ANTHONY E. BOONE
As a 25 year freight train conductor, Boone knows a little bit about the importance of staying the course, being observant, and allowing the path and scenery to reveal itself. That exposure has influenced his approach to creating art. From experience, a conductor knows that both internal and external factors will affect each and every run of his career. And so it is with art... presenting a new perspective to a new, yet familiar, clean canvas.
Anthony's journey into visual arts started around 2005 when a friend invited him to attend several art shows in the area. He enjoyed everything about what he saw. But rather than take part as a spectator only, he decided to participate in the game. "I'm not trying to sound cliché, but from the start, everything about painting felt organic. I bought canvas and could not get it out of the car fast enough," Boone recalls. "I just put the canvas down on the floor and started letting it flow". For Boone, the process of painting seemed like a natural evolution from painting houses for his father's contracting business along with also witnessing his mother seamstress creations. Back in the beginning of his journey, he lived next-door to an art professor named Max Adams. Boone began to paint stills, landscapes, abstracts, and everything in between. "I would take the finished products over to my neighbor for review and critique." Professor Adams told Boone to simply be himself, take risks, and paint in a way that felt natural to him. "There are no rules in painting," he added. That statement led to the official opening of the door leading into the space we now know as Boone Art Life.
Armed with his new mantra, THERE ARE NO RULES IN PAINTING, Boone dug even deeper into his upbringing as a painter apprentice when it came to what he painted with. Instead of using traditional brushes, Boone used all kinds of materials ranging from paint, wood, dirt, or what ever felt right. I would layer them on (the materials) and then I'd move the canvas, go away, and let everything gel naturally. When I come back. I'd add more or leave it alone. Everything is based on the dominant emotion I feel from what I see. What is ultimately there is a combination of me and the actual painting itself. I cannot only see, but feel the movement in each creation." This personal investment in his works has led to the series Atmospheric, which has birthed 60 pieces thus far and remains on-going. The series "13" was inspired by his daughter noticing concentric circles that dried at the bottom of paint cans. He peeled out the circles and incorporated them into his work.The phrase "pay it forward" inspired the 150 series. He painted 150 limited-edition pieces on 8" x 10" panels. This allowed his fans to purchase smaller versions of his work. Realizing the impact of reaching the masses along with the success of the 150 project, Boone veered down the path of fashion. He turned his paintings into T-shirts. The T-shirts took him on the track of collaborating with fashion designers who would create their own works of art using Boone's images as the fabric.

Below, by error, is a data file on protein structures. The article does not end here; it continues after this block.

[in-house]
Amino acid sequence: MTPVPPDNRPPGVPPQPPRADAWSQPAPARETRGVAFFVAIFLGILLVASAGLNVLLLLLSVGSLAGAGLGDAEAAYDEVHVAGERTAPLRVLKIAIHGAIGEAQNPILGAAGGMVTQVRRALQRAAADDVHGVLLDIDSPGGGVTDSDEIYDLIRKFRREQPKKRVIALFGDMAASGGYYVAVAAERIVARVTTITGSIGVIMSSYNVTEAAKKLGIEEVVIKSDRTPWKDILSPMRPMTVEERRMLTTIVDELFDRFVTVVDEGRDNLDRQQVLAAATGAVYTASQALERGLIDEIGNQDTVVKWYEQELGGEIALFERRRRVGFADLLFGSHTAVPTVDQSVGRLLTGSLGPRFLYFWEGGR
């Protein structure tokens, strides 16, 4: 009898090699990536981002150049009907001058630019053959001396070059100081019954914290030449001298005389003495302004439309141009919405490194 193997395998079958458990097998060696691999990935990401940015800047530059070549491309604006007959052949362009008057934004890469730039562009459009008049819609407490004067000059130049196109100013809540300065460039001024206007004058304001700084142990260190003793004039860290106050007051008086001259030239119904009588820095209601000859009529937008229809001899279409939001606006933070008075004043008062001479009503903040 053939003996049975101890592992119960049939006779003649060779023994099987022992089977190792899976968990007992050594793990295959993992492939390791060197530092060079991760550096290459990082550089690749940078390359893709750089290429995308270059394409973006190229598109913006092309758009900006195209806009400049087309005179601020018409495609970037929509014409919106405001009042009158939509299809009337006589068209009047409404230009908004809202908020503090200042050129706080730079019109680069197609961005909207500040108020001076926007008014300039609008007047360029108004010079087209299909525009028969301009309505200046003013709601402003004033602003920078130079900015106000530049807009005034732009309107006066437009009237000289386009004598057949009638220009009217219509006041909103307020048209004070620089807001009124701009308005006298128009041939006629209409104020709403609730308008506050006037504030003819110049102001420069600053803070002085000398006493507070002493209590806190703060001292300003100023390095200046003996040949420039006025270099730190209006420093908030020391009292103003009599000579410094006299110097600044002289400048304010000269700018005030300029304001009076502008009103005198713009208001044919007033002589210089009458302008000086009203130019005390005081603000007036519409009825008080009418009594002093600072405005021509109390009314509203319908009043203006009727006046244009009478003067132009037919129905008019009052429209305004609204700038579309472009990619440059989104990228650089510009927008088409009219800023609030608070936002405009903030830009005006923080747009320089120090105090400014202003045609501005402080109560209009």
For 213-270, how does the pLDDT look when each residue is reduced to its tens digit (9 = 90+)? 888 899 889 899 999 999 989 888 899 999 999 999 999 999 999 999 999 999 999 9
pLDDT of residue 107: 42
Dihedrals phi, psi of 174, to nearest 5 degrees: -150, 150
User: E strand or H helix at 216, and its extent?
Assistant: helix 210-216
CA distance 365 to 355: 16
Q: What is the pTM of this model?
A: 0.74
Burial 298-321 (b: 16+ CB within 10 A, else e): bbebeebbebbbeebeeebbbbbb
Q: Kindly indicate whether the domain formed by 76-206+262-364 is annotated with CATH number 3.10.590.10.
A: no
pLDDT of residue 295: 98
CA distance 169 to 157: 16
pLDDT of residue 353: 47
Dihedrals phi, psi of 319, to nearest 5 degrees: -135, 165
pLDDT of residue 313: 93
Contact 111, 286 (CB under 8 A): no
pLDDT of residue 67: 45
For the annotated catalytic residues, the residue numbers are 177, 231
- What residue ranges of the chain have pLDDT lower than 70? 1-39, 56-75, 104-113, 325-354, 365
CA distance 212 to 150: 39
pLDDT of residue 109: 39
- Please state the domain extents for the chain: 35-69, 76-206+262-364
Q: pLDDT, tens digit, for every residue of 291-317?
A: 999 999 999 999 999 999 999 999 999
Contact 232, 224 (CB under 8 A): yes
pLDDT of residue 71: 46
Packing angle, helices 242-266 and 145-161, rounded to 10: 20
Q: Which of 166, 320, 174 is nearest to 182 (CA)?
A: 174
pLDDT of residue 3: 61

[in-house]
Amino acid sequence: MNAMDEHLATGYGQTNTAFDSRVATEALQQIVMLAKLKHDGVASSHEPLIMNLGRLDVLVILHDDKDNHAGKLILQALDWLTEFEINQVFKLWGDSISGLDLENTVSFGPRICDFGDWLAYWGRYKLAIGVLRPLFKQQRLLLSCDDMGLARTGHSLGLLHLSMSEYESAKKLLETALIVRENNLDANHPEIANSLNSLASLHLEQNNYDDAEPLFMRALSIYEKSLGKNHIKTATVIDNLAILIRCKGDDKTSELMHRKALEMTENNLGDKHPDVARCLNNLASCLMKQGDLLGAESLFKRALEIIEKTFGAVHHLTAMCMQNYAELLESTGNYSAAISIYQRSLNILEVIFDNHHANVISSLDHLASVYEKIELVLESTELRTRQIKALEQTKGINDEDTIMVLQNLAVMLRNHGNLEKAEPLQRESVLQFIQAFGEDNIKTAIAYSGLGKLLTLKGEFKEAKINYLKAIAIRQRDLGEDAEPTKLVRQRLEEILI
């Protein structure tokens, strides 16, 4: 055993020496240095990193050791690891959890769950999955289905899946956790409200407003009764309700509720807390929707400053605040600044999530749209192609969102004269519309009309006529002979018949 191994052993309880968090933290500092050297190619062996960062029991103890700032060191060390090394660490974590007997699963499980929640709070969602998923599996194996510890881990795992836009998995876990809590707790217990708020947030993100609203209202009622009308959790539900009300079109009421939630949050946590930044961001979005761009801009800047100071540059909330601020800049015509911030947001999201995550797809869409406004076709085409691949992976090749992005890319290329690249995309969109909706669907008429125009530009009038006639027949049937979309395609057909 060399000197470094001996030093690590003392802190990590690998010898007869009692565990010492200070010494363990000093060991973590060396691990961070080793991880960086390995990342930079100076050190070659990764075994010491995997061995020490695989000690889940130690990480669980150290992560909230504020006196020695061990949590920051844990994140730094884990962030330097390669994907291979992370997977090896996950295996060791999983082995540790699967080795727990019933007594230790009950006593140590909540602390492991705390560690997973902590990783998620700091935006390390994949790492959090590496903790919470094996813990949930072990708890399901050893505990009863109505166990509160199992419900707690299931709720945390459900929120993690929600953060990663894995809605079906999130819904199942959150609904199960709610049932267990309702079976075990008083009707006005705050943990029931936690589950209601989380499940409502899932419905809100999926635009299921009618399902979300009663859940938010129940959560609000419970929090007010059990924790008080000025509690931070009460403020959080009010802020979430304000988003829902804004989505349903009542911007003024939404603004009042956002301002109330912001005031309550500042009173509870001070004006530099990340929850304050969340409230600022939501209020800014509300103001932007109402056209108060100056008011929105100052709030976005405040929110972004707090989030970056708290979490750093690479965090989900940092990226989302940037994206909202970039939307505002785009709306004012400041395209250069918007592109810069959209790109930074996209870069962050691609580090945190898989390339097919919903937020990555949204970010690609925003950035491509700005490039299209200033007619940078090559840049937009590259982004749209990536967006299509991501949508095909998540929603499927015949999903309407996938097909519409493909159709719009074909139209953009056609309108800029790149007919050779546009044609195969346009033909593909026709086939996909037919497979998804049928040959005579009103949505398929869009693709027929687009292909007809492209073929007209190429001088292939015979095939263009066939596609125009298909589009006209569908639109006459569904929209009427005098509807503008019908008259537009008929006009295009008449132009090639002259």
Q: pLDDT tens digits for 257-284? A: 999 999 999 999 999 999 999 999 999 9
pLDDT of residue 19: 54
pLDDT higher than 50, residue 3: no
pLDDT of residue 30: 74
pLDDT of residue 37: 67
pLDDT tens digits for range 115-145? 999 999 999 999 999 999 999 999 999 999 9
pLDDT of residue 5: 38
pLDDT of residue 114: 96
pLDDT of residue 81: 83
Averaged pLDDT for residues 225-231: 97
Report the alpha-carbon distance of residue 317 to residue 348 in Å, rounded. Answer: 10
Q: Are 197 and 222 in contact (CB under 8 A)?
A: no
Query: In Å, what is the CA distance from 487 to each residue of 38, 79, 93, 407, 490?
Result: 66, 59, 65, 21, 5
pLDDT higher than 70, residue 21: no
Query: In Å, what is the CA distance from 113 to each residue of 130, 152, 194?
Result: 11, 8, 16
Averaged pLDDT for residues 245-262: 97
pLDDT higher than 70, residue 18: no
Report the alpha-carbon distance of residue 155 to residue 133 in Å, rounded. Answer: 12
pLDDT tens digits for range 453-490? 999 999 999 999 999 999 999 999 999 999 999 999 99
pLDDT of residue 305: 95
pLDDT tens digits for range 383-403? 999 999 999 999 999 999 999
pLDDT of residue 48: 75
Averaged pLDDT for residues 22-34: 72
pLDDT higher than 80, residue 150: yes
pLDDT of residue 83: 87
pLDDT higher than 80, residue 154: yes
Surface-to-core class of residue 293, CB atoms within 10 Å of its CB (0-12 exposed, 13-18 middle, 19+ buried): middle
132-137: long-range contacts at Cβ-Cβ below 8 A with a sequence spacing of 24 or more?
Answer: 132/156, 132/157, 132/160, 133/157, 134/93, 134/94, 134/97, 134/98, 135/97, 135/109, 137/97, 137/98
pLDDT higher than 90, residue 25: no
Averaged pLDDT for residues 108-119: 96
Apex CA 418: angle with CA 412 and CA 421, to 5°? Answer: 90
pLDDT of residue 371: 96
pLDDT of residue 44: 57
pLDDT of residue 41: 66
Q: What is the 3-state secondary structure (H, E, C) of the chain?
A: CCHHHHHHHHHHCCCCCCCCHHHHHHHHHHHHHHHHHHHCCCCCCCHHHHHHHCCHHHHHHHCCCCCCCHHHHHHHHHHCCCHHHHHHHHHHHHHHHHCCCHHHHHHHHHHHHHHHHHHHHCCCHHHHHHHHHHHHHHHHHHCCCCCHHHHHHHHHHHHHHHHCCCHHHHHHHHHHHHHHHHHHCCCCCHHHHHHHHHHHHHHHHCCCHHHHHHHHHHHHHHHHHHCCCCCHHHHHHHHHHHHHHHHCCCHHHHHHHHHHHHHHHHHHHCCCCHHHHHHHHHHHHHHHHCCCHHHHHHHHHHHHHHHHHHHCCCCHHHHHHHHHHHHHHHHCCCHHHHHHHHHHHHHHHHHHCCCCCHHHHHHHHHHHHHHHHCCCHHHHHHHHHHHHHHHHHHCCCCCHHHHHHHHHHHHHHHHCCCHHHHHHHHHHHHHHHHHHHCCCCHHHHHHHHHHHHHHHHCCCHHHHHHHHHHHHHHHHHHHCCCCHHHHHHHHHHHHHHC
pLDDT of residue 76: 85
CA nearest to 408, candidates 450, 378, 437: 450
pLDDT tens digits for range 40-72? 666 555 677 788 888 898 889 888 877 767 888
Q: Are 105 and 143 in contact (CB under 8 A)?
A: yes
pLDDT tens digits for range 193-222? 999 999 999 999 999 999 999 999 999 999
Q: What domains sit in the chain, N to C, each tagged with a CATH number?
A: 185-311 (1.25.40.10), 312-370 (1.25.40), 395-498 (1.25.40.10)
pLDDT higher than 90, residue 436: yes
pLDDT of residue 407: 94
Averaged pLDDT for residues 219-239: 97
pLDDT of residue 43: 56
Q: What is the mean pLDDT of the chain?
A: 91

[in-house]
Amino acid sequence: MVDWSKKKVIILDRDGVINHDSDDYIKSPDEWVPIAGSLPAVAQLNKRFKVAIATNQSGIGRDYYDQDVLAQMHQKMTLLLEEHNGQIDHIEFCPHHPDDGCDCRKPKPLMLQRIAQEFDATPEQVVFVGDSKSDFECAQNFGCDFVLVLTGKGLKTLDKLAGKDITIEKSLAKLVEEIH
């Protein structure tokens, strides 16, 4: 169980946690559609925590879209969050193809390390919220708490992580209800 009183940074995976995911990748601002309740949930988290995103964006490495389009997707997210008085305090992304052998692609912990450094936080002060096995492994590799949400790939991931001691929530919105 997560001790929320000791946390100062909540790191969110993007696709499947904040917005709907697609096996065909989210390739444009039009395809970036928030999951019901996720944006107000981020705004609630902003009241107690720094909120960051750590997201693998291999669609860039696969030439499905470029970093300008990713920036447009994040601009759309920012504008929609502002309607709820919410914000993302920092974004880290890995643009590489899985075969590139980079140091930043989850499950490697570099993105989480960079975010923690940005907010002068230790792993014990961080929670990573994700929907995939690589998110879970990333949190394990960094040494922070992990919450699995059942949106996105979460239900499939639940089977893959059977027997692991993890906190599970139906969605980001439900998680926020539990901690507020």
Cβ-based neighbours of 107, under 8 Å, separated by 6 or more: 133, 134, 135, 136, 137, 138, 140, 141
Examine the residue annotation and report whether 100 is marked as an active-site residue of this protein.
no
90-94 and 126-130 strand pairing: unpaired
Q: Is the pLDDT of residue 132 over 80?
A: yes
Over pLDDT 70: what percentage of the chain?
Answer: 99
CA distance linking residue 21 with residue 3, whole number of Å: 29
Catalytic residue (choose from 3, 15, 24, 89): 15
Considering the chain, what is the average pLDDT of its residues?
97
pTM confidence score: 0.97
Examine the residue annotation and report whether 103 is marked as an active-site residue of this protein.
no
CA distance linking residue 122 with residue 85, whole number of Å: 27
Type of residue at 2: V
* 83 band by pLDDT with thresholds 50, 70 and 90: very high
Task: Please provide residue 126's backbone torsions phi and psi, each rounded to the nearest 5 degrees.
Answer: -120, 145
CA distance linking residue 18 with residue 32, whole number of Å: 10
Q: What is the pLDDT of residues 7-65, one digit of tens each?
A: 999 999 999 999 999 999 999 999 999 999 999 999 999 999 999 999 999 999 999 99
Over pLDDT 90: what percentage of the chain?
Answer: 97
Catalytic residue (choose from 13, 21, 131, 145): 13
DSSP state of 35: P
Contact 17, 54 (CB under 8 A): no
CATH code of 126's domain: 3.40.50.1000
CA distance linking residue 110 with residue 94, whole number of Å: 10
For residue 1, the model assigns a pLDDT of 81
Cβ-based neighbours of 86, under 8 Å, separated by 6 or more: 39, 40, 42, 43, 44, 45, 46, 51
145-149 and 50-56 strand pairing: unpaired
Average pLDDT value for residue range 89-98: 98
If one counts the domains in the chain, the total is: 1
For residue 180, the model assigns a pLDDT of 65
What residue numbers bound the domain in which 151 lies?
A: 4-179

Boone's art is showing up more and more in and around New York City/New Jersey by way of exhibits, shows, and collaborative efforts. In the age of the internet, his work has been purchased by admirers around the globe. It has even led to his pieces pieces being shown in Italy where he traveled to showcase his work and explain his motivation firsthand. There's definitely more coming down the pipeline… But just like his approach to creativity, you'll be privy to the final outcome when these projects are ready to reveal themselves organically. As a self-taught, self-motivated, credible artist "If you have the motivation, the drive, and people supporting you, then you can do whatever it is you want to do!"